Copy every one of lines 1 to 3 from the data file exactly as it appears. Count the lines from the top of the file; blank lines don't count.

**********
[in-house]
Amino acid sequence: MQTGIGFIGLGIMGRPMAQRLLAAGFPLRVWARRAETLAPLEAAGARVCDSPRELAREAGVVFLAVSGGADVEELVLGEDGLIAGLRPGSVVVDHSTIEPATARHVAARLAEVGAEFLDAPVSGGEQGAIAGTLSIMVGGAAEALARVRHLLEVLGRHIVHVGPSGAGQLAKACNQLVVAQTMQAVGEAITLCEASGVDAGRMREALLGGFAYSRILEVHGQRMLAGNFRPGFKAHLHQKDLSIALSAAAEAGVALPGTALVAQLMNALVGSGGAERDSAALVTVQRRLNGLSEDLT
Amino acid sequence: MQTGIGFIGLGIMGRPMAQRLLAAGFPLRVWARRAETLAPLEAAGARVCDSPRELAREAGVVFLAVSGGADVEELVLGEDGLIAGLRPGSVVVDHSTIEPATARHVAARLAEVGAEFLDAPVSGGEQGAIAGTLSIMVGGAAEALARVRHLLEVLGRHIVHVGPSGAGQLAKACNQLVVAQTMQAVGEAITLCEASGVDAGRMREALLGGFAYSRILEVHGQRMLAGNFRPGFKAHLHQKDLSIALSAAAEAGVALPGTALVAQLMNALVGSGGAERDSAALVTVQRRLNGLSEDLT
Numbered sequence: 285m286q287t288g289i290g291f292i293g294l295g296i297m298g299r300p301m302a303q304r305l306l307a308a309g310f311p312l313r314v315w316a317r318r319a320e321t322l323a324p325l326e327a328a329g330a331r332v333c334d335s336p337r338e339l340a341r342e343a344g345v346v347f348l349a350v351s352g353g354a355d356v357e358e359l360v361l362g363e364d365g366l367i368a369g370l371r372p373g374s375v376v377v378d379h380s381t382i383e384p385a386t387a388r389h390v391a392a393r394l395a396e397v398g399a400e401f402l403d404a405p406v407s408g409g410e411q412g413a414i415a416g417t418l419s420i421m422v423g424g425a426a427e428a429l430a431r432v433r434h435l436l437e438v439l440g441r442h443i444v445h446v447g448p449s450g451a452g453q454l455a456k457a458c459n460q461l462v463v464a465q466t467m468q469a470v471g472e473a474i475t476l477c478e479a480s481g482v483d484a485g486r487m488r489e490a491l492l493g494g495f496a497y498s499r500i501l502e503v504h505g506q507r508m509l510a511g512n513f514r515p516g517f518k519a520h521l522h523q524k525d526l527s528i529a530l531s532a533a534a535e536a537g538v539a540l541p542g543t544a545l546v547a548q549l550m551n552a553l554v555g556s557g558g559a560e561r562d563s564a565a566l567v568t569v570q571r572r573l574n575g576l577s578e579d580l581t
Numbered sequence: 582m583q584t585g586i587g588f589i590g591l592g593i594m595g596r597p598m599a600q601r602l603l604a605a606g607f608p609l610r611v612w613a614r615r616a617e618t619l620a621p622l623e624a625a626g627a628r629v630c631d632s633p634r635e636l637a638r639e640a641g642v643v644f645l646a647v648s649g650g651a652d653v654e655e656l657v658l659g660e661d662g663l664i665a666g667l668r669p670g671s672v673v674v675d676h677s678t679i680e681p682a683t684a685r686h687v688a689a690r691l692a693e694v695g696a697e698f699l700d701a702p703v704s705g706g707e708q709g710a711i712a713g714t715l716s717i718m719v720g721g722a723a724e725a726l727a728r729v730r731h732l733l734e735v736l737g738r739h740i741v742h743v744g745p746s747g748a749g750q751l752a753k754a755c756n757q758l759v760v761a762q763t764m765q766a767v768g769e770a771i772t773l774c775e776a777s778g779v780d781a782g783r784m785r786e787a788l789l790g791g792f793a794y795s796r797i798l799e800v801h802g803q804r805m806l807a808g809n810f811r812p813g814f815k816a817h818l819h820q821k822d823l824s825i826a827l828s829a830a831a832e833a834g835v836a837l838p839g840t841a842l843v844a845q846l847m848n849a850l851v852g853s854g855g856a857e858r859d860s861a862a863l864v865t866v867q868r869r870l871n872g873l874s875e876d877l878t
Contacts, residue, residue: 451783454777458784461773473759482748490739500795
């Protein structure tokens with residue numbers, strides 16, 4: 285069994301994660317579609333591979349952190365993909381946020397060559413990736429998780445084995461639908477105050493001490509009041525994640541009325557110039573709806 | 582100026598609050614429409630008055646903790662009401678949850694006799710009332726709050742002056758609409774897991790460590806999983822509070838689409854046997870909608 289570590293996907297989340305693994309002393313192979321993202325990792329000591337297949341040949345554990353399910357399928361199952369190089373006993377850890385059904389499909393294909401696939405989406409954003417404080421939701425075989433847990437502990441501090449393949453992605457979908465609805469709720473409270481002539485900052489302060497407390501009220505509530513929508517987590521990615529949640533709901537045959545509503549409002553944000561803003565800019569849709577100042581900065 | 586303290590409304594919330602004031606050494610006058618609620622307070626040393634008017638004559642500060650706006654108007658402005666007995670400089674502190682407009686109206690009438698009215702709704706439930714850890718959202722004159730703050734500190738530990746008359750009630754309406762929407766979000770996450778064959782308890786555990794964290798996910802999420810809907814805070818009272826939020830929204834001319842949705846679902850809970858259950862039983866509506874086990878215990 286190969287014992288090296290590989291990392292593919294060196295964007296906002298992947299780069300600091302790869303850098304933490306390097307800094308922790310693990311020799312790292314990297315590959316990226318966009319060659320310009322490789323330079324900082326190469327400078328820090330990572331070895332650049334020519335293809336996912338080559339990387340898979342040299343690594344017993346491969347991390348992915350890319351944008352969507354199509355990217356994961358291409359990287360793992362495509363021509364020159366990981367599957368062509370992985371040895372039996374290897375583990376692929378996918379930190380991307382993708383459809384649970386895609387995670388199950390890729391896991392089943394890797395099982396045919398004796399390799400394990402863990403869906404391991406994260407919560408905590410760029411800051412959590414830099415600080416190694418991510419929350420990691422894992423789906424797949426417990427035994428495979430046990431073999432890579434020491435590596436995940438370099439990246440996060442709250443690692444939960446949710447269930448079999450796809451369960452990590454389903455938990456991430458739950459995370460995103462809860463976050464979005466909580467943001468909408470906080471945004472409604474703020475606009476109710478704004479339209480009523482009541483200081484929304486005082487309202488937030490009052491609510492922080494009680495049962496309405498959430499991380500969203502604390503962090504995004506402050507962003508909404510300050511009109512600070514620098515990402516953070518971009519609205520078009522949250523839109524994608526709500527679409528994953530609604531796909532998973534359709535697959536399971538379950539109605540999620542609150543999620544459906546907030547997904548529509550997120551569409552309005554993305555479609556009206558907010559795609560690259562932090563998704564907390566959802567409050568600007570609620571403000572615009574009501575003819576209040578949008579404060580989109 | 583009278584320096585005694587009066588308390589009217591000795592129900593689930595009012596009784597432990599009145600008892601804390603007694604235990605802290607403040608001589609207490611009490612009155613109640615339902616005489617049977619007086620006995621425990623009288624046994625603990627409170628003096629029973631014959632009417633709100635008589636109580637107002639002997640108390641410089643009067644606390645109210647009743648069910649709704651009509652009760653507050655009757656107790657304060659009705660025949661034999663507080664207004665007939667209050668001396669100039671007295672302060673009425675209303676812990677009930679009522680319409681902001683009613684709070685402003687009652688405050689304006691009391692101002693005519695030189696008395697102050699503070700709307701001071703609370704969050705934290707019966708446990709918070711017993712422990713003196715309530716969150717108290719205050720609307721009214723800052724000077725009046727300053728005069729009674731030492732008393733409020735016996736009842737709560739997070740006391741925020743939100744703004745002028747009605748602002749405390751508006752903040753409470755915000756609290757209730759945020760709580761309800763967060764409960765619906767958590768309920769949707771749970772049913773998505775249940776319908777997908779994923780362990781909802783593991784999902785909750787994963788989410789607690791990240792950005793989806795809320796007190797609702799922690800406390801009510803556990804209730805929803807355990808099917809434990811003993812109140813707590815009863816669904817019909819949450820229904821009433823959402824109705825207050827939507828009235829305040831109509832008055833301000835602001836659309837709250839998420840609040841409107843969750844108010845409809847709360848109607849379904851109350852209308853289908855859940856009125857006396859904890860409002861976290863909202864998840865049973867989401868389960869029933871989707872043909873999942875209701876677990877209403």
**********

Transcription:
[in-house]
Amino acid sequence: MQTGIGFIGLGIMGRPMAQRLLAAGFPLRVWARRAETLAPLEAAGARVCDSPRELAREAGVVFLAVSGGADVEELVLGEDGLIAGLRPGSVVVDHSTIEPATARHVAARLAEVGAEFLDAPVSGGEQGAIAGTLSIMVGGAAEALARVRHLLEVLGRHIVHVGPSGAGQLAKACNQLVVAQTMQAVGEAITLCEASGVDAGRMREALLGGFAYSRILEVHGQRMLAGNFRPGFKAHLHQKDLSIALSAAAEAGVALPGTALVAQLMNALVGSGGAERDSAALVTVQRRLNGLSEDLT
Amino acid sequence: MQTGIGFIGLGIMGRPMAQRLLAAGFPLRVWARRAETLAPLEAAGARVCDSPRELAREAGVVFLAVSGGADVEELVLGEDGLIAGLRPGSVVVDHSTIEPATARHVAARLAEVGAEFLDAPVSGGEQGAIAGTLSIMVGGAAEALARVRHLLEVLGRHIVHVGPSGAGQLAKACNQLVVAQTMQAVGEAITLCEASGVDAGRMREALLGGFAYSRILEVHGQRMLAGNFRPGFKAHLHQKDLSIALSAAAEAGVALPGTALVAQLMNALVGSGGAERDSAALVTVQRRLNGLSEDLT